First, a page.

The NBA season is quickly approaching, which means postgame interviews with players dishing out platitudes and clichés will be making their return as well. In recent years, these interviews have been spiced up with videobombs by players or even team staff. During the Miami Heat Big 3 Era, Chris Bosh both pioneered and perfected the postgame videobomb with his outrageous facial expressions and expert timing. Videobombing has become so ubiquitous in the NBA that it’s even featured in NBA 2K16. It’s a phenomenon that’s grown like wildfire, diversifying into several tiers.
In this celebratory video, Kevin Love executes the shark attack method by slowly approaching the interview like a lion hunts a wildebeest, while Klay Thompson gets hit with the liquid surprise that’s become pretty popular in Major League Baseball. Every victim of the liquid surprise always has that brief flash of rage come across their face before they realize they were victimized by a teammate. By far the most popular videobomb method in the NBA is the general distraction behind the player. It must be incredibly difficult for these cameramen to keep a straight face while J.R. Smith does a ridiculous dance in the background or Rudy Gay starts cheesing really hard into the camera.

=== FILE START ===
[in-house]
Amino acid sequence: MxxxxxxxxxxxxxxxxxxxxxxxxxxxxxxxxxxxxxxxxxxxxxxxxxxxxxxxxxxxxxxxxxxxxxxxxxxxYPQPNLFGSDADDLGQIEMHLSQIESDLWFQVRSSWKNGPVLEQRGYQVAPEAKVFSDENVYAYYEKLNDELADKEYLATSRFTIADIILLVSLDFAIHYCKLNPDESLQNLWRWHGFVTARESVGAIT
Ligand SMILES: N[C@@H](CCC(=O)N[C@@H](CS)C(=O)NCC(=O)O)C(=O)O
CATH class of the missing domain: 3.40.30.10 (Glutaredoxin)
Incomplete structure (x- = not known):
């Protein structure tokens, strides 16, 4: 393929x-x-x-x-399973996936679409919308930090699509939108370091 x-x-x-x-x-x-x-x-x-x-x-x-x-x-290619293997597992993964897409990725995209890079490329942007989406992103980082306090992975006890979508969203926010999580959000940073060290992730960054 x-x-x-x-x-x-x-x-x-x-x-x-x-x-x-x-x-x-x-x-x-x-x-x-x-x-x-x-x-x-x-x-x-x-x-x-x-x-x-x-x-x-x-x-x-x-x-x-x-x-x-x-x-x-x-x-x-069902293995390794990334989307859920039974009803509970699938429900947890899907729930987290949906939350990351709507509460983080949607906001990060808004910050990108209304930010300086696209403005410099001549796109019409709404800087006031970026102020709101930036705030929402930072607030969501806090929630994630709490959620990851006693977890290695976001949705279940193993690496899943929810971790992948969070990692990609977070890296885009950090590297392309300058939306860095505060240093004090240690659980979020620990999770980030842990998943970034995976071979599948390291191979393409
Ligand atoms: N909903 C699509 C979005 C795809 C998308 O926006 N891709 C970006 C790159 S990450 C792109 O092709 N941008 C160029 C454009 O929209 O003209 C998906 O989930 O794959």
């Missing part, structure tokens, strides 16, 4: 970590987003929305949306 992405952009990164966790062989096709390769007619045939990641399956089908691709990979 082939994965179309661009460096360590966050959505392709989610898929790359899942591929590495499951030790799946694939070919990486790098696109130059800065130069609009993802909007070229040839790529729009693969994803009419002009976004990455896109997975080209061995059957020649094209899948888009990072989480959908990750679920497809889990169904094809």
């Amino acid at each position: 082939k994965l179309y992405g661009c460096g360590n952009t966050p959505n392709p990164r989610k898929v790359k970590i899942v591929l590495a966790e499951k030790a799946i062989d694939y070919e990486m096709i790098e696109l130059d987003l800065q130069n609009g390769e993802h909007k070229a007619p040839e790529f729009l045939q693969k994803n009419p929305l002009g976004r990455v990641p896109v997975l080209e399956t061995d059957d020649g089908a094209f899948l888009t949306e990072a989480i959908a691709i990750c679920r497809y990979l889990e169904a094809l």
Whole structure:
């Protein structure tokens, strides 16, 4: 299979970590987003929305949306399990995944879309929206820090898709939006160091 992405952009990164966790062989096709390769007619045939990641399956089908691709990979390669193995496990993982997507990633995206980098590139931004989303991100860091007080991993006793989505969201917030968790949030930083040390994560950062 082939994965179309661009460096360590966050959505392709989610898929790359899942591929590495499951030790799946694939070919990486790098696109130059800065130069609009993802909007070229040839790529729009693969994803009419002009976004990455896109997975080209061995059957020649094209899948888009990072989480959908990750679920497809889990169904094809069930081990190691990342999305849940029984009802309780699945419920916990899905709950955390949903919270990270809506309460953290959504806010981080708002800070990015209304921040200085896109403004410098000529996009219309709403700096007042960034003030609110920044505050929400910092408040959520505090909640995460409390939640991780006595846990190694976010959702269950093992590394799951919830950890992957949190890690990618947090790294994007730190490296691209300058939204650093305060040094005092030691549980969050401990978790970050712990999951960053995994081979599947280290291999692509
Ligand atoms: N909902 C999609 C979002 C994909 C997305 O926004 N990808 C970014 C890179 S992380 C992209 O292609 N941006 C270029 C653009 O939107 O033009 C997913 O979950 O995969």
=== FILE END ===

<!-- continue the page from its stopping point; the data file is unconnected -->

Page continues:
The greatest videobomb method of them all—when executed properly—has to be the surprise close up. Well done, Lance Stephenson.